My favorite has been the guy who took a similar picture of him and his cat and proceeded to make it his new profile picture and telling me just that. “Your picture inspired me. I had to take a similar one, though it's not as good.” Yessssss, csmoore13 you've caught my crazy and I can't wait to message you back! When can we meet up?

Who know what will come of my online dating experience and I've barely stuck my toe in the water. But hey, if this doesn't work out, at least I got some good laughs.


Strong Woman seeks Strong Man - A (sort-of) Personal Ad

Being a single woman often times suits me very well - perhaps EXTREMELY well. I enjoy autonomy and venturing out to see if I can face new things on my own. However, this independent woman would still like a companion to have adventures with and lean upon. We are put upon this earth with other human beings for a reason. Besides, the future of our humanity depends on our mating ritual. (Albeit I will admit that this part has not been such a challenge. Men love sex too much. I need to find the one that wants commitment as well as sex).

Frequently I find myself pondering why for four years have I been sans relationship? I can hypothesize and there are certainly elements in these years that have contributed to this: moving twice, healing from a previous relationship, struggling with southern gender dynamics. And after a woman pursued me this past spring/summer, I thought deeply on whether I've been single because I've been dating the wrong gender. In the end, I came to the conclusion that I do like men.

I'm sure that there are professionals out there who could help me be "more datable" or give me some tricks to snag all the men and I'll admit, that does sound fun.

This is not my plan however. My plan is perhaps too simplistic - to continue on the way I am and to appreciate the little and big things along the way. And I will most likely continue to ponder my singleness as well.

I plan on continuing to have cuddle and selfie sessions with Poe. To cook nice breakfasts on weekend mornings. To go exploring in the woods. To go out dancing (or have a David Bowie dance party at home). To practice yoga. To read. To try to write more. To spend time with my family and friends and enjoy singing to the radio on the car ride there. To engage in my work and the people I work with. To drink lots of tea. To splurge every once in a while on a nice meal or article of clothing. To dick around on Facebook. To look forward to the next season/episode of ANTM.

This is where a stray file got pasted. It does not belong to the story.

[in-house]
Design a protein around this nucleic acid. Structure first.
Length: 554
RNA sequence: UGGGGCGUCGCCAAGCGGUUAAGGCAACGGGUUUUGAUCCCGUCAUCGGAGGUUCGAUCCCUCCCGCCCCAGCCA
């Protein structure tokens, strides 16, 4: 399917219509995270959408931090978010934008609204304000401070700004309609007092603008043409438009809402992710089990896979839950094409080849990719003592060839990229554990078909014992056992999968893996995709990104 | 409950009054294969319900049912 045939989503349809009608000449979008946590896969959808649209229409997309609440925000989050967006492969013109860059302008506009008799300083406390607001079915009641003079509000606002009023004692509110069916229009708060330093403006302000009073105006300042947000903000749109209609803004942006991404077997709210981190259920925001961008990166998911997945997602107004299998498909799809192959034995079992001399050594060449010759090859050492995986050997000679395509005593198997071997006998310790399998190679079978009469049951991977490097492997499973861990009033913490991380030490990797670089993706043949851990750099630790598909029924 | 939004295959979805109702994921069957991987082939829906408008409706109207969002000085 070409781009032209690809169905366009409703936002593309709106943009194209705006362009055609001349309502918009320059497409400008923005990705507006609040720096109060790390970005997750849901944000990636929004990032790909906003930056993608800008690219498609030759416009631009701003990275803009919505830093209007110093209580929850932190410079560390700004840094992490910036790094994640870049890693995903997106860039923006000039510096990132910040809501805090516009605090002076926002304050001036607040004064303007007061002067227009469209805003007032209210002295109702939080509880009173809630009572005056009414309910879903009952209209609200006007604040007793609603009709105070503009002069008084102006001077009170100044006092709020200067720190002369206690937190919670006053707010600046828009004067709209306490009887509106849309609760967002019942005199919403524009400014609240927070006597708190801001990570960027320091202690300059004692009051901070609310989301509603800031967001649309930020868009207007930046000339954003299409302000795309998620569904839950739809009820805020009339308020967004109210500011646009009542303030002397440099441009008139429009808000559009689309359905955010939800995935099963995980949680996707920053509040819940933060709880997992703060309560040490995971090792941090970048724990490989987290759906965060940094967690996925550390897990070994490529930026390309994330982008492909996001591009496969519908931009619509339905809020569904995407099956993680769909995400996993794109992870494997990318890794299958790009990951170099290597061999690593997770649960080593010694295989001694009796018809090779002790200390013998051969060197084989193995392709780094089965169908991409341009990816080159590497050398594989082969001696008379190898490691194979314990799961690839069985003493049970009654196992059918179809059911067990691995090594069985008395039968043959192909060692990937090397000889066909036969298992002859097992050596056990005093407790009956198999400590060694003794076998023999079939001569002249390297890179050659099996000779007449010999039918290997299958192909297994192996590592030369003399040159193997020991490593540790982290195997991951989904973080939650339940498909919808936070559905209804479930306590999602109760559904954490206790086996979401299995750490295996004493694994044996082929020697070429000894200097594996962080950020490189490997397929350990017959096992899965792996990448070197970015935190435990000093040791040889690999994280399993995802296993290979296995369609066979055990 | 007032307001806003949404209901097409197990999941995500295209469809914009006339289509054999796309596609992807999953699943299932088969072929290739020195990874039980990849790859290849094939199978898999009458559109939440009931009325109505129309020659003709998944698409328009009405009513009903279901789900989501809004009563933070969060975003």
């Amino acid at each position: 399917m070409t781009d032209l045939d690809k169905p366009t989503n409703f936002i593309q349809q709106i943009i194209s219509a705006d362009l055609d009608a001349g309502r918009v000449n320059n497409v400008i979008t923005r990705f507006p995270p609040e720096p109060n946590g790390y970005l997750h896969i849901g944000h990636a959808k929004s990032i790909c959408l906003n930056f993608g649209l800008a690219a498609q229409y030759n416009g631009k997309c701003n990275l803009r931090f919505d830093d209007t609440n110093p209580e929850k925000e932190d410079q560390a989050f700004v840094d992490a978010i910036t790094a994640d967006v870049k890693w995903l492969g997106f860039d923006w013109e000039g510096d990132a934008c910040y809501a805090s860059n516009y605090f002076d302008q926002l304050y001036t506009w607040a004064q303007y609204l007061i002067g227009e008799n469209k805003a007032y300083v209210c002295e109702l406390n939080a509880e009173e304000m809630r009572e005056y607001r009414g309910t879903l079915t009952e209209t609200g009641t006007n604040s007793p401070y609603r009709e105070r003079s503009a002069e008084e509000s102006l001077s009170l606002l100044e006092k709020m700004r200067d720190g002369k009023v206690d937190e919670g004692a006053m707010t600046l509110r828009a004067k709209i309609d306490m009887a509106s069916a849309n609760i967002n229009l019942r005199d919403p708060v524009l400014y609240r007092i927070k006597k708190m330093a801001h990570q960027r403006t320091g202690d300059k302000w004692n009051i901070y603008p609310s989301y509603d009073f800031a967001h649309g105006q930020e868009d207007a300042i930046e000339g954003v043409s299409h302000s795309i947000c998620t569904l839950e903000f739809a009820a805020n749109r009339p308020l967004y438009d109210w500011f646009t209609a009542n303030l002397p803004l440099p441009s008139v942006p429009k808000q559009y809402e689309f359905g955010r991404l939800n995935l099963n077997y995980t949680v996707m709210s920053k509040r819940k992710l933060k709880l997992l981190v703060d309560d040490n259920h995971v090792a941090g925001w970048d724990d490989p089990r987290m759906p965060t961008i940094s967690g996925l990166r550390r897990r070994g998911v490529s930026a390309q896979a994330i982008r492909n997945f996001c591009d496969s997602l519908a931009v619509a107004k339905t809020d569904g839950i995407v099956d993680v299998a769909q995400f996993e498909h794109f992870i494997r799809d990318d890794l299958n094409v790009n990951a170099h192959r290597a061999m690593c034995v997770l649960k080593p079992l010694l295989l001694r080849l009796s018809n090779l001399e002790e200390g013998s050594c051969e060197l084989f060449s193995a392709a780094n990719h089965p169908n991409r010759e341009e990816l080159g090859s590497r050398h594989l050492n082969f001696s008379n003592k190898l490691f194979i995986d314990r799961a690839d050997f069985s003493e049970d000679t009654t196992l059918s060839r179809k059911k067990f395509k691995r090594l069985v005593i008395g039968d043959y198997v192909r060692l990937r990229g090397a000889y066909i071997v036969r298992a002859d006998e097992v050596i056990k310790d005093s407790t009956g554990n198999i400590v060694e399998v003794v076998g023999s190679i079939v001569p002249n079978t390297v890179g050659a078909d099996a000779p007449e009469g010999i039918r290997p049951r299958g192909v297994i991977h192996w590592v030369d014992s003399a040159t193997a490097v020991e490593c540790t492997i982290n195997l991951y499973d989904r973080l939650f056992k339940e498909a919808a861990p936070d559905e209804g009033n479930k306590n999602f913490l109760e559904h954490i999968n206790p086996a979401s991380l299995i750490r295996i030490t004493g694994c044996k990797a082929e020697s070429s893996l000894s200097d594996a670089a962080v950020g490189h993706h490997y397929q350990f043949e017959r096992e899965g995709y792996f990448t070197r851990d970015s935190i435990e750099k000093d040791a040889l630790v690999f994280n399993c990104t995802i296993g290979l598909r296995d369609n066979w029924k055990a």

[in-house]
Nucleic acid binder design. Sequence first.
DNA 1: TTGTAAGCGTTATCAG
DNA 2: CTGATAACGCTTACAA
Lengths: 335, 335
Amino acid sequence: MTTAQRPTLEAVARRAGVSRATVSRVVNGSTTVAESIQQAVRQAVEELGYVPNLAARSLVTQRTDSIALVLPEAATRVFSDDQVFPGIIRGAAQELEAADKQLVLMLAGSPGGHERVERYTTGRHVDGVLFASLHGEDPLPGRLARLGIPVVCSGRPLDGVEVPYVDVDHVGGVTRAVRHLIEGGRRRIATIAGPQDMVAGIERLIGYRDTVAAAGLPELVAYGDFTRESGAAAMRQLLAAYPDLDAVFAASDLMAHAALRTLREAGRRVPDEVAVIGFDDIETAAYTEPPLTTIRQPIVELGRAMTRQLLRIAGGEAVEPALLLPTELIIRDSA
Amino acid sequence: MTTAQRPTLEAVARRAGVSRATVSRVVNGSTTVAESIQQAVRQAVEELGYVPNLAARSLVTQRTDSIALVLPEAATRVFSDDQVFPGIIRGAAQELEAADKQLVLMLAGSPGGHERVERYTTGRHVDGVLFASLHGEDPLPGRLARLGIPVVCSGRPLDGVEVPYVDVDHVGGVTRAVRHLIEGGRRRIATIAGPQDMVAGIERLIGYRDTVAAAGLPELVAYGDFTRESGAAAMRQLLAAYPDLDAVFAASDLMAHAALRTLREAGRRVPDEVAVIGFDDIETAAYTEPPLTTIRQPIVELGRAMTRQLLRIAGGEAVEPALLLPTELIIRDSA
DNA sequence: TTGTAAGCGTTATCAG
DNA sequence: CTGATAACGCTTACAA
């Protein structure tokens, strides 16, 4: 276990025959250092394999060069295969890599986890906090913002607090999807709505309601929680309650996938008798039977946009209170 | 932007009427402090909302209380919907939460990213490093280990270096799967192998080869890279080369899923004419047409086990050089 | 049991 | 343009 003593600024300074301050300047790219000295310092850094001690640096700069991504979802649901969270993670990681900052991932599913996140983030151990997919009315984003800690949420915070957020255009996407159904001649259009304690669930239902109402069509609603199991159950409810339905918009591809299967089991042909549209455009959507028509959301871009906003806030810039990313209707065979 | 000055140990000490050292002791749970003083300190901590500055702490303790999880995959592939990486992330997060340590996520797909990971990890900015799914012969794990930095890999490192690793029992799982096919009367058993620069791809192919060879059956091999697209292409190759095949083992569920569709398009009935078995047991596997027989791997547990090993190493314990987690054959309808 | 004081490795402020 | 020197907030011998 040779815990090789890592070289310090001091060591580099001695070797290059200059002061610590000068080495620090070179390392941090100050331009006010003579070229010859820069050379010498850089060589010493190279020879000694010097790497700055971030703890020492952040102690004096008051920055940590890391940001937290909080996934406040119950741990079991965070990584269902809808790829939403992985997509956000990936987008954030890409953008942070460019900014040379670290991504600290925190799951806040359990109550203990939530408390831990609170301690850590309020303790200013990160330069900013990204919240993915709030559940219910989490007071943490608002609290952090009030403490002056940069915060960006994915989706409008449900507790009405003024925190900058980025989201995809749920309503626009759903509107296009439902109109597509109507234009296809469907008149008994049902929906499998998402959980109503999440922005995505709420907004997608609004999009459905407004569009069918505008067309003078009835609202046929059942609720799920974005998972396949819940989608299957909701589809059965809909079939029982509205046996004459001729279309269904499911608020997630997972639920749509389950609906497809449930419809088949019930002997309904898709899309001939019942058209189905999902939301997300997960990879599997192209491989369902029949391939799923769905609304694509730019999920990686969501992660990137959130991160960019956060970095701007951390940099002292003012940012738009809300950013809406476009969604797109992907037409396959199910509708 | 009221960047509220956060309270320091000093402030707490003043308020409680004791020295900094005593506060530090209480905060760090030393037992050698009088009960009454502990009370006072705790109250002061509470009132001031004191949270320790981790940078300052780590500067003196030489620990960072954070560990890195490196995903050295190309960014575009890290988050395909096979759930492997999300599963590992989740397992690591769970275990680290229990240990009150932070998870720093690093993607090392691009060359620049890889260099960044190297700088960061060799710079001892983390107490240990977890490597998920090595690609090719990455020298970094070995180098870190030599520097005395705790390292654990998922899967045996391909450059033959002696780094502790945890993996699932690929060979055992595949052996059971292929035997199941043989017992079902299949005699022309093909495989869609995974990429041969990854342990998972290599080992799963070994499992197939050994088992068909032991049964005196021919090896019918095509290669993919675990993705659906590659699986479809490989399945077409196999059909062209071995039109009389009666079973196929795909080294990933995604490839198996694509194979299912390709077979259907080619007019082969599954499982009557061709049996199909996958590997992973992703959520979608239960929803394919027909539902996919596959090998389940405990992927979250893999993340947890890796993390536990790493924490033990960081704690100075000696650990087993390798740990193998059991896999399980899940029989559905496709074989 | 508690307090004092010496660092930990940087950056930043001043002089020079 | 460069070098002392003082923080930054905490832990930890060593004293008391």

So universe, if you know of a single man (or maybe not-yet-single man) who would perhaps get along with a woman who likes to do the above mentioned things, feel free to put them in my path and give me a little smack if I am not noticing them there. Universe, I do have some preference for men if I could be so lucky - that they too have some enjoyment of outdoor activities. They will not shy away from heavier topics such as social justice issues. Decent looking - scruff or facial haired is a plus.

I have faith that some day this strong woman will meet a strong man to share in life together.


I can haiku, can you?

Sunday night late August:

Just one drink, wasted
Head stands, not a good idea
I think it's bed time.

What's yours?


Liquid Dreams

During the night, I dreamt of you. Now I rise before the sun. I slide from my bed - one foot, two feet touching then padding across the wooden floor. One leg, two legs - by the belt loops, my jeans are pulled up over my hips.
Flannel. Sweatshirt. Turn the tea kettle on. Grab my knapsack. Apple. Muffin. Tea. Keys and wallet and phone. All into the bag. Lastly hat, gloves, carhart, boots.
Driving to you, I realize that I am not fully awake. Dawn wholly bathes the fields and mountains in red glow. As I pull down the drive, my heart drums a little faster, a little louder. It is my choice to be here, in part for its unfamiliarity.
No souls in sight although morning has fully arrived. Shivering, I walk to the door, enter, and descend the stairs. Clinking and boot shuffles.
Red bucket, rag, sanitizer, hot water.
Metal pail, paper towels, stool.
I lean into you and you step to the left. I stand next to you. Hot water squeezed from the rag, I bathe your muddy udders.
We don't know each other fully and as you don't always stand well, cautiously I sit on my stool and begin to milk you. Squeezing right then left. Right, left.
Artemis - my girl
Minutes pass. You shuffle back and turn your pretty brown eyes to gaze at me. My left hand becomes frustrated with your petite rear teats.